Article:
Parsing large XML files FAST

Discussion in 'XML' started by PedroX, Jun 26, 2005.

  1. PedroX

    PedroX Guest

    Hello:

    I need to parse some large XML files, and save the data in an Access DB. I
    was using MSXML 2 and ASP, but it turns out to be extremely slow when then
    XML documents are like 10 mb in size. It's taking over an hour to parse such
    sizes!?

    I don't really need to use ASP or a web server at all because I am parsing
    all in my own computer. Is there any executable that can do this parsing
    faster than the way I was doing it?

    Thanks in advance.
    PedroX, Jun 26, 2005
    #1
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  2. PedroX

    PedroX Guest

    I wrote:

    > I need to parse some large XML files, and save the data in an Access DB. I
    > was using MSXML 2 and ASP, but it turns out to be extremely slow when

    then

    I made a mistake. I am actually using MSXML 4.0.
    PedroX, Jun 26, 2005
    #2
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  3. PedroX

    Brian Staff Guest

    > Is there any executable that can do this parsing
    > faster than the way I was doing it?


    >> objXMLDoc.selectNodes("//node_name")


    I am not an expert on techniques of parsing, but if performance were a
    problem for me, I would try and use as much explicit node naming as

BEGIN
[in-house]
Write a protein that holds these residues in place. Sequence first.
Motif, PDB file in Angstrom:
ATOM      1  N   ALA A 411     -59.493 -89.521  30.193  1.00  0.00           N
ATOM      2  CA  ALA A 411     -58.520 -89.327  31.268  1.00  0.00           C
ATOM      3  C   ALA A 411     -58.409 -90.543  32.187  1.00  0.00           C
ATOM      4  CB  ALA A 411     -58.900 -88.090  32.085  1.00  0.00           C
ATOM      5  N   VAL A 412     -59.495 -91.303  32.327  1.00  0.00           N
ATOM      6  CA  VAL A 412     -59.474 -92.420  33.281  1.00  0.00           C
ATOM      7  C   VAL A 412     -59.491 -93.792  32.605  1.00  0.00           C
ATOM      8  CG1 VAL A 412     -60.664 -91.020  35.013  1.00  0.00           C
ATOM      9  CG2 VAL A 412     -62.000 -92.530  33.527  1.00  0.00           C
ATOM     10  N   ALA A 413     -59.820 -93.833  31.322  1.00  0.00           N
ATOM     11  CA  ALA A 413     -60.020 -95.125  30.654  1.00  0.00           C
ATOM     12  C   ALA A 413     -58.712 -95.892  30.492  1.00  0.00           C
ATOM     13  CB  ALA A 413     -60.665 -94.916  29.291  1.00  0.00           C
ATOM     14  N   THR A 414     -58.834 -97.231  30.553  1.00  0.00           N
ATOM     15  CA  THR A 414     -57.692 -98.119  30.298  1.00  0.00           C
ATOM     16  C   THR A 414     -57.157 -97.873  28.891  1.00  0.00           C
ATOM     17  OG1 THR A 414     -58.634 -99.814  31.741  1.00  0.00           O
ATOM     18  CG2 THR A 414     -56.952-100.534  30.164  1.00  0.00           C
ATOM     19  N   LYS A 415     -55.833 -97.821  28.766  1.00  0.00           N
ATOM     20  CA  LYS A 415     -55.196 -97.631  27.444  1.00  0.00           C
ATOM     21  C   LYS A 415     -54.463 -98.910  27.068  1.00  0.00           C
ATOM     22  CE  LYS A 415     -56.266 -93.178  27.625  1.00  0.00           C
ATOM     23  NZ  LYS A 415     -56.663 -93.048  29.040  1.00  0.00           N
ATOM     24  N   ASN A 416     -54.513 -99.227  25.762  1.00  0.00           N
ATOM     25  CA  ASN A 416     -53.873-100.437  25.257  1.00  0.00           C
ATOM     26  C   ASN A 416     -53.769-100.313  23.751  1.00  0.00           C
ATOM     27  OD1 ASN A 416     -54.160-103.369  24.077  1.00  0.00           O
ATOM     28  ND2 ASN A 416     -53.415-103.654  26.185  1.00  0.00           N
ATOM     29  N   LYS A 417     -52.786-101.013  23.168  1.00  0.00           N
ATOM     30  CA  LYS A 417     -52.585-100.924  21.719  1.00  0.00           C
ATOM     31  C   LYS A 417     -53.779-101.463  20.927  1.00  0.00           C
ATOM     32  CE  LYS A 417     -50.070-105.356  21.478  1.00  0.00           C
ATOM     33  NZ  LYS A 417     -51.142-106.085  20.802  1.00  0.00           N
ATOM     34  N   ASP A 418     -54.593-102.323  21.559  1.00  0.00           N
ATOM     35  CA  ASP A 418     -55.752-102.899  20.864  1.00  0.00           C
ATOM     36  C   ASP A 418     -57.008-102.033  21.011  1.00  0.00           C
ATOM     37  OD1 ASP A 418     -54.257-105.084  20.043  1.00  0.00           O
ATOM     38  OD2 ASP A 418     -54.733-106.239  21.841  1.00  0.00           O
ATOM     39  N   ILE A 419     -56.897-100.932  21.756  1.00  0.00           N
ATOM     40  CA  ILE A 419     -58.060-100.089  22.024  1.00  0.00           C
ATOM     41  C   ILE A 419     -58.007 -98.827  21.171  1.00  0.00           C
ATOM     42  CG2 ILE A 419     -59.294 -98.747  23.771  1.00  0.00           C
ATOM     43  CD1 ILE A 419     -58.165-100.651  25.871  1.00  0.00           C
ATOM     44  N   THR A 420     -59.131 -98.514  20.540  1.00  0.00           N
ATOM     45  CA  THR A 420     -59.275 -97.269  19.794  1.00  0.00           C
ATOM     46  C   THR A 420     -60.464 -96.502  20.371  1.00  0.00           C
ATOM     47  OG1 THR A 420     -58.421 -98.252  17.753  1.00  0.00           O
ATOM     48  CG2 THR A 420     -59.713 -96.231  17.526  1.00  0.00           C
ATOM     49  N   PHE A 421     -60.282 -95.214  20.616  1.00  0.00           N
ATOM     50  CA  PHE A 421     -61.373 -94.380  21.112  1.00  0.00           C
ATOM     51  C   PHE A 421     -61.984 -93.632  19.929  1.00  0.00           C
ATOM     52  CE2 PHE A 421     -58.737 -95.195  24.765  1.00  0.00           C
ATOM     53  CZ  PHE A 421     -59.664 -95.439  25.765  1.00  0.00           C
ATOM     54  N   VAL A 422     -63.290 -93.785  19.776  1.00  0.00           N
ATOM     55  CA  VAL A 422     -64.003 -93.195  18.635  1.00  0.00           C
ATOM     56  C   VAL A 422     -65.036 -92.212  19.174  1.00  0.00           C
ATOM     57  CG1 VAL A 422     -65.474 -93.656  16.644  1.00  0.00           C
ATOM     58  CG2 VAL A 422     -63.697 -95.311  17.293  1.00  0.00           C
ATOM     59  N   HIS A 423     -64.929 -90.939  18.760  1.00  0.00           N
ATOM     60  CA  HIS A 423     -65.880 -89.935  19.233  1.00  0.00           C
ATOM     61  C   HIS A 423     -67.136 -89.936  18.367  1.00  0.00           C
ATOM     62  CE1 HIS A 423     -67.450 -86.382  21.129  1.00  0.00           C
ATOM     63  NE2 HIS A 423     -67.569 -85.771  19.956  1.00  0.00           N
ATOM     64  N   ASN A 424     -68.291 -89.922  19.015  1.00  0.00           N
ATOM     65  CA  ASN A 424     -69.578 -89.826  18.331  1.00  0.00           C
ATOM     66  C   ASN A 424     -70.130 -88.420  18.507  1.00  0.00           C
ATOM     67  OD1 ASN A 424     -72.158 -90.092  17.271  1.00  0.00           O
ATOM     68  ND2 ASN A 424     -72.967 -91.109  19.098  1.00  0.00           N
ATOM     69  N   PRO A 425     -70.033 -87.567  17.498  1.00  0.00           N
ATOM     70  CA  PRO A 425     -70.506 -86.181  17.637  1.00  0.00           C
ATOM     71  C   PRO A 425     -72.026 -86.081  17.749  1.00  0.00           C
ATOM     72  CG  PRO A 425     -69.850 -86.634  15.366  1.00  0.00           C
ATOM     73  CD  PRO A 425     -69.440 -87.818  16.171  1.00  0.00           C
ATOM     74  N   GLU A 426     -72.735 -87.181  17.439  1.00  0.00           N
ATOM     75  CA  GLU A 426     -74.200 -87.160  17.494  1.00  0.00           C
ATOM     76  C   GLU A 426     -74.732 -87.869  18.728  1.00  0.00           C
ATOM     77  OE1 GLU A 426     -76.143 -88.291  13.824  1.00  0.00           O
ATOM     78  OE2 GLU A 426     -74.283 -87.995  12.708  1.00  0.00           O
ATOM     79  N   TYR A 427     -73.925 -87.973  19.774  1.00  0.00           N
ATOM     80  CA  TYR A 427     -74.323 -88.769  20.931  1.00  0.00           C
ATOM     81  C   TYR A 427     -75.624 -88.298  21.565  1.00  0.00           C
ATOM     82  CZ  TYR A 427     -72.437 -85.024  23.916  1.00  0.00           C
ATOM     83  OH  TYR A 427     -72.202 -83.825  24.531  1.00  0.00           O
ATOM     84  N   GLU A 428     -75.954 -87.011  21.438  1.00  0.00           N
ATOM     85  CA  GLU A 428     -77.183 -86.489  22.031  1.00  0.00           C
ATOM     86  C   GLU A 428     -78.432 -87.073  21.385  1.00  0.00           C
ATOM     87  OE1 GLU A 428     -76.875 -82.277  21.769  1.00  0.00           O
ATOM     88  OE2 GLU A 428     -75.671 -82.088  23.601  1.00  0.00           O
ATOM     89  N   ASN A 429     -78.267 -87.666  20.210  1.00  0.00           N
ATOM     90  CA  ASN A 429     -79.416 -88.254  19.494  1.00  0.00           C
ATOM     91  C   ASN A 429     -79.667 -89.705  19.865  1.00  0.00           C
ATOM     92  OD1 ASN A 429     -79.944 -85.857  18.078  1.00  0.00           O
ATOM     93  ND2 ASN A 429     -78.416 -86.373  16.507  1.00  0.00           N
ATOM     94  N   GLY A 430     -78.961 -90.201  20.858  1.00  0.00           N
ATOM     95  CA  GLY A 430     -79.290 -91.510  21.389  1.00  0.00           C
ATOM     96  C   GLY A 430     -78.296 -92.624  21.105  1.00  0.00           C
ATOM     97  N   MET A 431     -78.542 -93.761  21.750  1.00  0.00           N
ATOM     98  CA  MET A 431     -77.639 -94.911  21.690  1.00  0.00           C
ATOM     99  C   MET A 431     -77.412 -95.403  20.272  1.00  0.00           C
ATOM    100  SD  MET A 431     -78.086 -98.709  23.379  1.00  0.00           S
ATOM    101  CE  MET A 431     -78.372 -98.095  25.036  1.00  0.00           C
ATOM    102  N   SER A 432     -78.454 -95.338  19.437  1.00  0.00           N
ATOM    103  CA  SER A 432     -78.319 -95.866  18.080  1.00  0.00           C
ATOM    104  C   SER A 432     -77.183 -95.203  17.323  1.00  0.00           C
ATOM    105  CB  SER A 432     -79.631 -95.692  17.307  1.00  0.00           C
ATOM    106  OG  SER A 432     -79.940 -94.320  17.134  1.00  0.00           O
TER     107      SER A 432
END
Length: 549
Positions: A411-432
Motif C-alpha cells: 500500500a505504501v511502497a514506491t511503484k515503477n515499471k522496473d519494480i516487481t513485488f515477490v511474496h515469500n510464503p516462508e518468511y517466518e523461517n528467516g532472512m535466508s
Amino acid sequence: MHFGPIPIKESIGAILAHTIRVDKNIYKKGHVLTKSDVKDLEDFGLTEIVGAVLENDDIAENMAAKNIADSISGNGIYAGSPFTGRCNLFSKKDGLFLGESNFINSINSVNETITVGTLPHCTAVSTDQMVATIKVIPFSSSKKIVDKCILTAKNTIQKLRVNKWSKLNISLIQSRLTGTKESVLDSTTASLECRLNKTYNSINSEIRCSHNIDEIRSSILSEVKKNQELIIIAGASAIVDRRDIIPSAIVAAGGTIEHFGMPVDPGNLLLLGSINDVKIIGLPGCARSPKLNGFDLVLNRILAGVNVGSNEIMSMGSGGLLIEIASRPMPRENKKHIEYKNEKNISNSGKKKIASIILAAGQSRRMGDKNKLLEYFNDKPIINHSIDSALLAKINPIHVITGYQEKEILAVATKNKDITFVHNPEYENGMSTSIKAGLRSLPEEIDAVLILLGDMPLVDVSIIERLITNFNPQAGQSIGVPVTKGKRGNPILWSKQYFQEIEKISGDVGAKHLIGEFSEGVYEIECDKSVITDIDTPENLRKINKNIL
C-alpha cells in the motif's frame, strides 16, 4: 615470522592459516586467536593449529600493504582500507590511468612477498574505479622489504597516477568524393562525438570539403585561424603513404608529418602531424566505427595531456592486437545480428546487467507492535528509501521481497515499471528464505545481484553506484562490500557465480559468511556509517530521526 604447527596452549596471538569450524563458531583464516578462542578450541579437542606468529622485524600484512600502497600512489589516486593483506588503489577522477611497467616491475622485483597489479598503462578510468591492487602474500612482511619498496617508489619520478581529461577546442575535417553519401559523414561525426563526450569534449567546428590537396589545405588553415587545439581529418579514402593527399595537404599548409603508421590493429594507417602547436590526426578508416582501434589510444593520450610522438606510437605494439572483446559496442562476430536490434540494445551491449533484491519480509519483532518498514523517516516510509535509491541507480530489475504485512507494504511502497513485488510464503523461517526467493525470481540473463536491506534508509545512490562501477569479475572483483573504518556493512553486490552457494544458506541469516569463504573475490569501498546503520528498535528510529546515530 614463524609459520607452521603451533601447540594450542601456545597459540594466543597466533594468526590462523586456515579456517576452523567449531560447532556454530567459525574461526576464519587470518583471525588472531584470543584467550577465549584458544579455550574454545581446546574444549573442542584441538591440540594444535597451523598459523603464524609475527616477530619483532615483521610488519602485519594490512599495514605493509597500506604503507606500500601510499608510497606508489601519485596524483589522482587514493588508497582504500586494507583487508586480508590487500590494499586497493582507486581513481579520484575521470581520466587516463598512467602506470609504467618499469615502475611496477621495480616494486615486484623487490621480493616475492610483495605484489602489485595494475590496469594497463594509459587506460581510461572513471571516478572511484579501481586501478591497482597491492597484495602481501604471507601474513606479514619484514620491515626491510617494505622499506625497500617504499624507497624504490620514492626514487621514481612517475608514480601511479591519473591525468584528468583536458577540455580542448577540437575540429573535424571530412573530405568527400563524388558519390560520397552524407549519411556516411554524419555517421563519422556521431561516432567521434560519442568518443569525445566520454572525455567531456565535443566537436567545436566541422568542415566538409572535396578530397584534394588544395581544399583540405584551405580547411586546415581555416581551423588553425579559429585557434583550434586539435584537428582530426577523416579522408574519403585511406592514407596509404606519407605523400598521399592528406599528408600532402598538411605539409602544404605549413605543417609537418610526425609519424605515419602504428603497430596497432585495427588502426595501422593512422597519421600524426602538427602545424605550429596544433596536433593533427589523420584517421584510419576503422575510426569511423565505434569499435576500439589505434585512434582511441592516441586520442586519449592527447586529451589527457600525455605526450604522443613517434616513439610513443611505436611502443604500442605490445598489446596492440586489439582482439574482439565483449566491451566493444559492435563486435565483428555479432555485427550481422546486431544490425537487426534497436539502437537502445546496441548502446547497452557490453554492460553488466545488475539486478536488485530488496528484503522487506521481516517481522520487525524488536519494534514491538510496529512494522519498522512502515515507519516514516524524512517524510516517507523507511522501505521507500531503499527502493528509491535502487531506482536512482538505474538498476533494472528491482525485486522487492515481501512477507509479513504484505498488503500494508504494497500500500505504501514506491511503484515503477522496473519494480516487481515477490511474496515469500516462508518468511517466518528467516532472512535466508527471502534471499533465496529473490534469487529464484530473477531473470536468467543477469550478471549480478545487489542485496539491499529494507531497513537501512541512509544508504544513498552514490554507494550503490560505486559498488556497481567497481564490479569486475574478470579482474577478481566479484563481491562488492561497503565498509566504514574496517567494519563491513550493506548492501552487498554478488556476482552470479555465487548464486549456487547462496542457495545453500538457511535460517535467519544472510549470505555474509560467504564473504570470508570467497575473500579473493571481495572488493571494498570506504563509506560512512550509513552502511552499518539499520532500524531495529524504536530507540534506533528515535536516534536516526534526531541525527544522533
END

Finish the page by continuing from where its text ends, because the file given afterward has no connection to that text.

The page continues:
possible...for instance I would maybe recode the above statement to be
    something like this:

    objXMLDoc.selectNodes("rootNode/childNode/node_name")

    I know if _I_ was the parser, I would be able to find those nodes in a 10mb
    structure quicker using the second technique rather than using the first.

    JAT - Brian
    Brian Staff, Jun 27, 2005
    #3
  4. PedroX wrote:

    > I need to parse some large XML files, and save the data in an Access DB. I
    > was using MSXML 2 and ASP, but it turns out to be extremely slow when then
    > XML documents are like 10 mb in size. It's taking over an hour to parse such
    > sizes!?


    Andrew Schorr had a similar problem. He read
    XML larger than a GigaByte and stored them into
    Postgres. He also had problems with finding the
    right tool for it. Eventually, he used an extension
    of the GNU Awk language:

    http://home.vrweb.de/~juergen.kahrs/gawk/XML/

    Use Google and you will find his explanations
    in comp.lang.awk.

    > I don't really need to use ASP or a web server at all because I am parsing
    > all in my own computer. Is there any executable that can do this parsing
    > faster than the way I was doing it?


    XML parsers can read large files fast only with
    the SAX approach (or similar event-driven models).
    The DOM model simply cant do this because it has
    to hold the complete XML tree in memory.
    =?ISO-8859-1?Q?J=FCrgen_Kahrs?=, Jun 27, 2005
    #4
  5. PedroX

    PedroX Guest

    "Brian Staff" wrote

    > I am not an expert on techniques of parsing, but if performance were a
    > problem for me, I would try and use as much explicit node naming as
    > possible...for instance I would maybe recode the above statement to be